The decline closed out a disappointing period for shareholders, with the stock down 22% in 2018 to trail the S&P 500's 6% drop.
Investors initially reacted harshly to Tiffany's fiscal third-quarter report, issued in late November, and that pessimism carried into the following month. Sure, December's swoon was amplified by surging volatility in the broader market. But rising concerns about a growth slowdown, particularly in China, added to investors' angst. Tiffany recently cited softening demand in China and Japan when it reported surprisingly weak sales.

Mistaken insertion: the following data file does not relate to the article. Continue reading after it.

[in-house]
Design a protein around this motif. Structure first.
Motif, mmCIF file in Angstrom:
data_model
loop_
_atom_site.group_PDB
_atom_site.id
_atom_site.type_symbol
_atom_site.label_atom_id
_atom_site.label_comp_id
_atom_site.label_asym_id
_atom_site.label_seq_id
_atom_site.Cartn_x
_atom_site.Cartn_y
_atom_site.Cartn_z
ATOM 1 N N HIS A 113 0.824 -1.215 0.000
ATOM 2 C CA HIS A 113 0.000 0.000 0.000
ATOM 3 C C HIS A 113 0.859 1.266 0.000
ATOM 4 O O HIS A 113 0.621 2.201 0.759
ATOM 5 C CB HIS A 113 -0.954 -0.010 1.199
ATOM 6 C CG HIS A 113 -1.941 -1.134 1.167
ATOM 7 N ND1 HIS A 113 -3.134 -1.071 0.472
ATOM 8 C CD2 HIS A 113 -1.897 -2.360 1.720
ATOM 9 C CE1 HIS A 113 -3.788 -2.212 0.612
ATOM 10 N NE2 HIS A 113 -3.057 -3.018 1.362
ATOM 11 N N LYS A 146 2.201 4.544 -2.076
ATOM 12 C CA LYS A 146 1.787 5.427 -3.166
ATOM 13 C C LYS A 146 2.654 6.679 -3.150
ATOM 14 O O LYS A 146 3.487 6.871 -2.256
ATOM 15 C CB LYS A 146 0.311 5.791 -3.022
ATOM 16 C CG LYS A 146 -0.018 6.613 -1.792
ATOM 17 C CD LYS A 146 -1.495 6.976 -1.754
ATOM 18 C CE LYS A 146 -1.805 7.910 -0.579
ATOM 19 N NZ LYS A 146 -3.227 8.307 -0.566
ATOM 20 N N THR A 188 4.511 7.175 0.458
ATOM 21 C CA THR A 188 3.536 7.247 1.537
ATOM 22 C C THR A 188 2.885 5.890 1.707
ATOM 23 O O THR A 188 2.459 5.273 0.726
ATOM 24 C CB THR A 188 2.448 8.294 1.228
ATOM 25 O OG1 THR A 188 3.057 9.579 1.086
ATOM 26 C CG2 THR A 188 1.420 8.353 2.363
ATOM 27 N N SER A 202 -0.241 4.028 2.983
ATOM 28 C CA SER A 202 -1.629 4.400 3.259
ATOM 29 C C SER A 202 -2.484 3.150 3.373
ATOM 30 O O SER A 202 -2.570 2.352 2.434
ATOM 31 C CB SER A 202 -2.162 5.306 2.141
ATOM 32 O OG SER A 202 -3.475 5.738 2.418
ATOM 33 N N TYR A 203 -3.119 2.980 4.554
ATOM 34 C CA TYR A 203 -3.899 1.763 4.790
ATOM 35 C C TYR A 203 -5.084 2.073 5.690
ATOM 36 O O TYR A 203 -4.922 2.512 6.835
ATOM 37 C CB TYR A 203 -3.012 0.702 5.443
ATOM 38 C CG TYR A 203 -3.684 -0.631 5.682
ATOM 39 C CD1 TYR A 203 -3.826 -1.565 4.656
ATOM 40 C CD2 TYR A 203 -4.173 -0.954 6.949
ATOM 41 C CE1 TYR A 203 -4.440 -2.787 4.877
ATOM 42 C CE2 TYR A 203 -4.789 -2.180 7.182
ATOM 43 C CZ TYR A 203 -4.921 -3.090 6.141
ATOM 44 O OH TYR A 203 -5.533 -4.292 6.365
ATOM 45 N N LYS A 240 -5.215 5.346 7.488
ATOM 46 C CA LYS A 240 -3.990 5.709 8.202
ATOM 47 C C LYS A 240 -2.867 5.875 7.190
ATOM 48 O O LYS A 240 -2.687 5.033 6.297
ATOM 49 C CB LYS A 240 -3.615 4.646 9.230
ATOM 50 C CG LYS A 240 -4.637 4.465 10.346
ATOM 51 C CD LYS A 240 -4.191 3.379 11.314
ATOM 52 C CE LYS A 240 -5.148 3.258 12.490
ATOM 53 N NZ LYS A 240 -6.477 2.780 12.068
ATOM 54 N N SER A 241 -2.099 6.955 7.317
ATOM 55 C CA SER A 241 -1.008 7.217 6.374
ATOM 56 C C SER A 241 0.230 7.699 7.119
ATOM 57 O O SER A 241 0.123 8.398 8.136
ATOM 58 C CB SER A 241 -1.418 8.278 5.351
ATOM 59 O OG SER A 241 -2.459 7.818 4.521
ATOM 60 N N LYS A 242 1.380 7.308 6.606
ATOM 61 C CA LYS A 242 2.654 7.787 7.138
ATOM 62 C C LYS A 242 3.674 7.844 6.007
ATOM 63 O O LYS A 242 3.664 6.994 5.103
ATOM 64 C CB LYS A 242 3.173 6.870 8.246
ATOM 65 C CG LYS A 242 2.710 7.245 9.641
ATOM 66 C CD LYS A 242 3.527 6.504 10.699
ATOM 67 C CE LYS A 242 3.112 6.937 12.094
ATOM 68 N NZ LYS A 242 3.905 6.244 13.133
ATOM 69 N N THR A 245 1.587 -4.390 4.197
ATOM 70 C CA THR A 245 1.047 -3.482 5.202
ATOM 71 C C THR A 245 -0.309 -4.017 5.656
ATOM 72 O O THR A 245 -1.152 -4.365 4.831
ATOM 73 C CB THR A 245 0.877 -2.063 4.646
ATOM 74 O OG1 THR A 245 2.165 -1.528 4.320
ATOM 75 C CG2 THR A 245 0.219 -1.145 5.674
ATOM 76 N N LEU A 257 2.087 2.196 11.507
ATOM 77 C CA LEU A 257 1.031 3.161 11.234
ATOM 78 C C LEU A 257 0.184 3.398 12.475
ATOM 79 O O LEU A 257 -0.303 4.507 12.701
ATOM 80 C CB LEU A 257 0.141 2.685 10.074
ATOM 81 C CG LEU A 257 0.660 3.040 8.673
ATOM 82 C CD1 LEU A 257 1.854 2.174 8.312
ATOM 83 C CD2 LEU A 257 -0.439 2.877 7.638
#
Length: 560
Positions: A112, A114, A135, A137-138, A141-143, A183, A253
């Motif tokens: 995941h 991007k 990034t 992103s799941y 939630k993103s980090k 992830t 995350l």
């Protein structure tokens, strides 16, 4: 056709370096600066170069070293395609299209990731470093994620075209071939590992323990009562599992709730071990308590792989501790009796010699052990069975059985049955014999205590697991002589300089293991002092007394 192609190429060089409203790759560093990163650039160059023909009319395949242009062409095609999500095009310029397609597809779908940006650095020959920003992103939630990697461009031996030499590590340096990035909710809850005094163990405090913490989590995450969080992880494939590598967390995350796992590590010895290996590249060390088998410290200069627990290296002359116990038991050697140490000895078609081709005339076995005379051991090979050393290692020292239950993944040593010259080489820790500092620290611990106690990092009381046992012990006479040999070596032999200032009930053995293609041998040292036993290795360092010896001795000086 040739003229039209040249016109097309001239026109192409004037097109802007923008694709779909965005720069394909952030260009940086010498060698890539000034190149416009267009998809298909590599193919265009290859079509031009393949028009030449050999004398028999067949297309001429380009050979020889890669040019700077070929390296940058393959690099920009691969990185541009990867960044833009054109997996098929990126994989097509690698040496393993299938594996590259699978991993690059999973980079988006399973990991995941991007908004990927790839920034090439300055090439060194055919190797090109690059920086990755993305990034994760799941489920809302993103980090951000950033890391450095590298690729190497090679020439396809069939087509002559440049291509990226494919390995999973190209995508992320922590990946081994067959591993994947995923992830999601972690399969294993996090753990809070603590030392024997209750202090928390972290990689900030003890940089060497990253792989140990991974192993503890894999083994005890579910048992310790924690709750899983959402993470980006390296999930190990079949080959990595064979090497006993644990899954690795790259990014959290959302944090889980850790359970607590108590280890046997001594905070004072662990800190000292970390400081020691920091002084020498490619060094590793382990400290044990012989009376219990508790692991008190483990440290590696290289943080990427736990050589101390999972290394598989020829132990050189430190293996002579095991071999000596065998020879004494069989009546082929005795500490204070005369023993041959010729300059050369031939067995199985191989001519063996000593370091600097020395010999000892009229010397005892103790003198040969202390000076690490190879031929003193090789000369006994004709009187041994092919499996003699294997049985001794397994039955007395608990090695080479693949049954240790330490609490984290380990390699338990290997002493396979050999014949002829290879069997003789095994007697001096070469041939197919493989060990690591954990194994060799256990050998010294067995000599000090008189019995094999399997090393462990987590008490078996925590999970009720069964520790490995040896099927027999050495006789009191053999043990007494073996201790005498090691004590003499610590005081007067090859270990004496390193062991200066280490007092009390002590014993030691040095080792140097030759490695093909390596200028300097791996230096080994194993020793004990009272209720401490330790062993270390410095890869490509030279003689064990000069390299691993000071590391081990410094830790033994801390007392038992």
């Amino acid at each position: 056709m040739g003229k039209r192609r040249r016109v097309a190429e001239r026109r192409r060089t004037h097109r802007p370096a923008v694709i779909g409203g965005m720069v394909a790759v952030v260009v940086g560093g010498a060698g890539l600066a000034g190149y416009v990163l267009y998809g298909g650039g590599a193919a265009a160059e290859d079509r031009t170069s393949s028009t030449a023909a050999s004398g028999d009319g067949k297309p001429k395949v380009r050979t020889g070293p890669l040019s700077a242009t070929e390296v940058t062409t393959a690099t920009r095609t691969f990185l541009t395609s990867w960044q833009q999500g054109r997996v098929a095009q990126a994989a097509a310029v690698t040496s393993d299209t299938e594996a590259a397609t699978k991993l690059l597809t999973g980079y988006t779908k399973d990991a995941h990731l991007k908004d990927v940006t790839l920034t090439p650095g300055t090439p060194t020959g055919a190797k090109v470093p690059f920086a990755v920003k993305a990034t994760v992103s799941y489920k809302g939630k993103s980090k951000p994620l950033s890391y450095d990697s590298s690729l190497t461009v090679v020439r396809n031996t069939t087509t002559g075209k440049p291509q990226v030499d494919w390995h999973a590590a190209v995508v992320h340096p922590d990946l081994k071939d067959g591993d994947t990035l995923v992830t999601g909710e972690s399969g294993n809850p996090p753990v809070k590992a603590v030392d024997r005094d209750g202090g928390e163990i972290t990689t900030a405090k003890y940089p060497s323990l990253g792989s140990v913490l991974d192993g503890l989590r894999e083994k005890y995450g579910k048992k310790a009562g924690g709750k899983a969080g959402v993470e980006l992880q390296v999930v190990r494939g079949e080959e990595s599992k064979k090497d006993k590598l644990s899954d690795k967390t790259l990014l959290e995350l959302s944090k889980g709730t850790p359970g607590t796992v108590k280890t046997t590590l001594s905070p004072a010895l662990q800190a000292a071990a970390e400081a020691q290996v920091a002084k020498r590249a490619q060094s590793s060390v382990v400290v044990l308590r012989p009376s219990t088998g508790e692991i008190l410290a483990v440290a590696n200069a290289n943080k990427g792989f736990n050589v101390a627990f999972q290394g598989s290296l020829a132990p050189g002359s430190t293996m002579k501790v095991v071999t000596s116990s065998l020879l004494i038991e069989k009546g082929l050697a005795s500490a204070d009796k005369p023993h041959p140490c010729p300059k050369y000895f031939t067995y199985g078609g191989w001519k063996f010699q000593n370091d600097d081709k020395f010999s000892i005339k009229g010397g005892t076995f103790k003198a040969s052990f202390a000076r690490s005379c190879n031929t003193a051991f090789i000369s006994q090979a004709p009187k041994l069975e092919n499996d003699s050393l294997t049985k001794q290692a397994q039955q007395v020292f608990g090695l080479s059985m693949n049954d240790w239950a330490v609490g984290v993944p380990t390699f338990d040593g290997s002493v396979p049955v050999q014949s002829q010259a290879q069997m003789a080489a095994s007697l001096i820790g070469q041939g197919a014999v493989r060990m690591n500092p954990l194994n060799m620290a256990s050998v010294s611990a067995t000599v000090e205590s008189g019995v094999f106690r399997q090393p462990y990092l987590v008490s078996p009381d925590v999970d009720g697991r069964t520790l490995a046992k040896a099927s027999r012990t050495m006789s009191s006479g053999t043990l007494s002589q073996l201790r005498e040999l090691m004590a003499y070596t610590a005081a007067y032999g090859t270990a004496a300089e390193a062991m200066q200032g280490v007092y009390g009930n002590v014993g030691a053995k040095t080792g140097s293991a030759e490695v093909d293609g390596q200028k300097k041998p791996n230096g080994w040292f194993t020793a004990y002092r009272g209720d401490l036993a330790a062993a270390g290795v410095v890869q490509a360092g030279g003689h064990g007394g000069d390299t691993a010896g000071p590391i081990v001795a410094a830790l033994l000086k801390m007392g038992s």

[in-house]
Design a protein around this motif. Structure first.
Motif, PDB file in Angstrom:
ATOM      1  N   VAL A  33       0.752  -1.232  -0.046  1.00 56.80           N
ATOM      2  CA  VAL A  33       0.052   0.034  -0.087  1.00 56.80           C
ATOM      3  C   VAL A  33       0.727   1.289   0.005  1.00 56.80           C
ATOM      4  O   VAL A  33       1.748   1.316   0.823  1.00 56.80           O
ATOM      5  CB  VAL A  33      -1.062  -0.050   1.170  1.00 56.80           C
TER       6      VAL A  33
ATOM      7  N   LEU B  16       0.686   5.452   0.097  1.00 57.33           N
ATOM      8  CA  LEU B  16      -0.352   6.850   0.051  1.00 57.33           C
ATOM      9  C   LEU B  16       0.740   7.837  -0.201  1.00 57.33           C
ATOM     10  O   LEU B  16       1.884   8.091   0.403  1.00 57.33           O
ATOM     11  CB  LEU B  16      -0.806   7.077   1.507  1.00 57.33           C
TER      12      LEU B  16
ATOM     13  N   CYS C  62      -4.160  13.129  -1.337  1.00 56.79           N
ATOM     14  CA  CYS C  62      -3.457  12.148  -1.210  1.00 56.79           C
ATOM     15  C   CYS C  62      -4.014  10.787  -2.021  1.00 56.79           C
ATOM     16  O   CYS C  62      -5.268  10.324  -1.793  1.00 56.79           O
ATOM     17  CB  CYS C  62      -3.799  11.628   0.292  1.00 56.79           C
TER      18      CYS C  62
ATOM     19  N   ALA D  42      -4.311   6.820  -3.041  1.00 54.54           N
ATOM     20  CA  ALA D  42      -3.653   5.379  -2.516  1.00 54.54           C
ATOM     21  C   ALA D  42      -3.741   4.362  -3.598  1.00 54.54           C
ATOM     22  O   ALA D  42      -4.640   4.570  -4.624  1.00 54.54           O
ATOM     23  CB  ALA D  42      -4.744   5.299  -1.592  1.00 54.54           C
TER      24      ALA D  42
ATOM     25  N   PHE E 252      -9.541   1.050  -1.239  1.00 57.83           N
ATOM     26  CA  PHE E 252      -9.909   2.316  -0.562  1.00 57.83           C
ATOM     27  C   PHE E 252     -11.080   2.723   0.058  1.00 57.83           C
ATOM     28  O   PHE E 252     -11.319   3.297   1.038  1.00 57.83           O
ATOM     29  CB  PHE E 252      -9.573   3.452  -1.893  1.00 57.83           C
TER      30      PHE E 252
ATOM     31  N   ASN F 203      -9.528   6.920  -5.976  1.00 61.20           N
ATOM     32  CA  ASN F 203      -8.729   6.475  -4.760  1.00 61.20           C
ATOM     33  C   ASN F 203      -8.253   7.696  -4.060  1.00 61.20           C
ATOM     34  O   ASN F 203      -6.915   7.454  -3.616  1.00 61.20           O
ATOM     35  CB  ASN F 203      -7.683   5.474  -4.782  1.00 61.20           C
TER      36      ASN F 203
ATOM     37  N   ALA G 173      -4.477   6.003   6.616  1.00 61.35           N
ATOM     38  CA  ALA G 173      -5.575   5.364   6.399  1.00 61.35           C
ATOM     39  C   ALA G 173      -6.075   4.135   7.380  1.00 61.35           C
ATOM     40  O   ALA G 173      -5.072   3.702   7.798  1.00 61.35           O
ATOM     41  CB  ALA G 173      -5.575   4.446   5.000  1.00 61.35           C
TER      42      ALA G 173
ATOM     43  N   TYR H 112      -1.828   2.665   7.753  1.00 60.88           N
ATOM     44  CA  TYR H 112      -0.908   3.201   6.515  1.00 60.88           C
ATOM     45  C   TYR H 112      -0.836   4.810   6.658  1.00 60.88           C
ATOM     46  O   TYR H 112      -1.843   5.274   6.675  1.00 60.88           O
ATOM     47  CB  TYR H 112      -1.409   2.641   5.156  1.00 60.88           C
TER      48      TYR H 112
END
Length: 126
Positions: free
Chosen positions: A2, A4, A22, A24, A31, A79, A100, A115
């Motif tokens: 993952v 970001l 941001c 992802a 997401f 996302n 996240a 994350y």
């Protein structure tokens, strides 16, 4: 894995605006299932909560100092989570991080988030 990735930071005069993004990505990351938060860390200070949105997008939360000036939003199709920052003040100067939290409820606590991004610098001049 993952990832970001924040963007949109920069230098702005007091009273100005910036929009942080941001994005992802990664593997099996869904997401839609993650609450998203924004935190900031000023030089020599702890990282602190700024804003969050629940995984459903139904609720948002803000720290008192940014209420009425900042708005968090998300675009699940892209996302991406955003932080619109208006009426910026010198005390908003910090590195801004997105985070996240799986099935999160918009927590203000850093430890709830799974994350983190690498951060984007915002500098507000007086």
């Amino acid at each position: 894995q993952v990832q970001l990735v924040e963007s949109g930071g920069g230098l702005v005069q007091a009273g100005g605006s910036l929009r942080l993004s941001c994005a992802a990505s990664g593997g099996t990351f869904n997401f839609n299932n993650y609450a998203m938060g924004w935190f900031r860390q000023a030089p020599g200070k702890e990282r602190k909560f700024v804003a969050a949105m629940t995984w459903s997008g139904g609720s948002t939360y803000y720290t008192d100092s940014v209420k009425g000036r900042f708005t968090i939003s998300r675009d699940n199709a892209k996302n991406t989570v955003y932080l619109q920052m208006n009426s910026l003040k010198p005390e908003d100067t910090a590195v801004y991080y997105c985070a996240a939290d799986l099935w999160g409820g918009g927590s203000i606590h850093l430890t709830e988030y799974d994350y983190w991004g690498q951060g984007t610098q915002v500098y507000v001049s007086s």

CEO Alessandro Bogliolo and his team affirmed their full-year sales and profit targets in late November, but investors will be scrutinizing its holiday-quarter earnings report for signs that growth is still slowing. In the meantime, Tiffany is pouring cash into growth projects, including increased marketing spending and an improved e-commerce infrastructure, so it can build on its nascent recovery. Sales are predicted to rise in fiscal 2018 for the first time in three years, and executives want to protect that positive momentum even if it means accepting lower profitability over the short term.